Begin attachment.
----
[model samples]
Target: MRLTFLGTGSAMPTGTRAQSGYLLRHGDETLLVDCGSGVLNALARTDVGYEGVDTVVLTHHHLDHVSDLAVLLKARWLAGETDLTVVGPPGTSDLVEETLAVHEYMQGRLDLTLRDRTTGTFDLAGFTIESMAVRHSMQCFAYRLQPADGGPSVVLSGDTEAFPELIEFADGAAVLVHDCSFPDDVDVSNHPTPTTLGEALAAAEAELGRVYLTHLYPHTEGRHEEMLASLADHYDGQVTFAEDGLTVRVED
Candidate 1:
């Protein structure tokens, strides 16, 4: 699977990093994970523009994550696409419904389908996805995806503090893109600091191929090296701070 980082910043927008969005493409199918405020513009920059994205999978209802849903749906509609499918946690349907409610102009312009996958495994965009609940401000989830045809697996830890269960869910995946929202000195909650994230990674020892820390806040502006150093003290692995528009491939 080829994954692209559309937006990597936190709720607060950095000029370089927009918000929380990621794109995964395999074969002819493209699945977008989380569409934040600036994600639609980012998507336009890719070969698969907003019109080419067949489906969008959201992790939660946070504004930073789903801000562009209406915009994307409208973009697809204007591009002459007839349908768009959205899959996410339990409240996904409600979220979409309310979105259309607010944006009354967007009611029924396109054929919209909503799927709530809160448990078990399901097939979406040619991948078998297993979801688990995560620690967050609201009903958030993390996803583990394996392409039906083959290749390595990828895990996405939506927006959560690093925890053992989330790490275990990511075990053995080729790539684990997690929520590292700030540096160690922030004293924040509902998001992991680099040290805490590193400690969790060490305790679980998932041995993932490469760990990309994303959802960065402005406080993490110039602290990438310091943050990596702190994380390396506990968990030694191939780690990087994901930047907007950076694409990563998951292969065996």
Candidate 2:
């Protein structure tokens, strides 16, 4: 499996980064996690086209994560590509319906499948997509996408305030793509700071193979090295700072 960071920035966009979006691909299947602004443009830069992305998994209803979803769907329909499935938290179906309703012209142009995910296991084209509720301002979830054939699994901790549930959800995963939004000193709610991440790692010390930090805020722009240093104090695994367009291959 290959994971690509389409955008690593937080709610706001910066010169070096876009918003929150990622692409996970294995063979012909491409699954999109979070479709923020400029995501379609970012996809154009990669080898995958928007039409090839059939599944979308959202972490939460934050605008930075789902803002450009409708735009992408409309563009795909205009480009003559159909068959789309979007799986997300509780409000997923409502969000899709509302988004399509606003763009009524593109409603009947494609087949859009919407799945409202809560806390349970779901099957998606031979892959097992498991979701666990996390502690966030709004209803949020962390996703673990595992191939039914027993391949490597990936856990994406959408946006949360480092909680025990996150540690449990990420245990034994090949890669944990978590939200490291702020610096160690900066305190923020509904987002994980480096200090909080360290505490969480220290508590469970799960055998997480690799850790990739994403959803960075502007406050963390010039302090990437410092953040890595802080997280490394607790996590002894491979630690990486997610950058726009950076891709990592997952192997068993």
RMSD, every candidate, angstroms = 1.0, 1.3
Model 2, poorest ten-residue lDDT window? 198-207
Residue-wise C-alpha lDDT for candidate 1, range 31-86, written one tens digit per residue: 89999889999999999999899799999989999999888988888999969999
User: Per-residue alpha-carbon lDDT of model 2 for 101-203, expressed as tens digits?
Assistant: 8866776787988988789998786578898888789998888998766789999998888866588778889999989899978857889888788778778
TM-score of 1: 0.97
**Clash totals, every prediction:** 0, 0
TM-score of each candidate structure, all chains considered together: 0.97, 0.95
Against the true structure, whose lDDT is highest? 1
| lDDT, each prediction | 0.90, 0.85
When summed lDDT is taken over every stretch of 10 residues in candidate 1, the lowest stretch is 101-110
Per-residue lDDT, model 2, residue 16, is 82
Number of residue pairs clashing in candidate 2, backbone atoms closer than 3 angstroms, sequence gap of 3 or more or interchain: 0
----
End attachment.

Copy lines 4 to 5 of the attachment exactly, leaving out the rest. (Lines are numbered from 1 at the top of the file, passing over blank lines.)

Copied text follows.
């Protein structure tokens, strides 16, 4: 699977990093994970523009994550696409419904389908996805995806503090893109600091191929090296701070 980082910043927008969005493409199918405020513009920059994205999978209802849903749906509609499918946690349907409610102009312009996958495994965009609940401000989830045809697996830890269960869910995946929202000195909650994230990674020892820390806040502006150093003290692995528009491939 080829994954692209559309937006990597936190709720607060950095000029370089927009918000929380990621794109995964395999074969002819493209699945977008989380569409934040600036994600639609980012998507336009890719070969698969907003019109080419067949489906969008959201992790939660946070504004930073789903801000562009209406915009994307409208973009697809204007591009002459007839349908768009959205899959996410339990409240996904409600979220979409309310979105259309607010944006009354967007009611029924396109054929919209909503799927709530809160448990078990399901097939979406040619991948078998297993979801688990995560620690967050609201009903958030993390996803583990394996392409039906083959290749390595990828895990996405939506927006959560690093925890053992989330790490275990990511075990053995080729790539684990997690929520590292700030540096160690922030004293924040509902998001992991680099040290805490590193400690969790060490305790679980998932041995993932490469760990990309994303959802960065402005406080993490110039602290990438310091943050990596702190994380390396506990968990030694191939780690990087994901930047907007950076694409990563998951292969065996």
Candidate 2: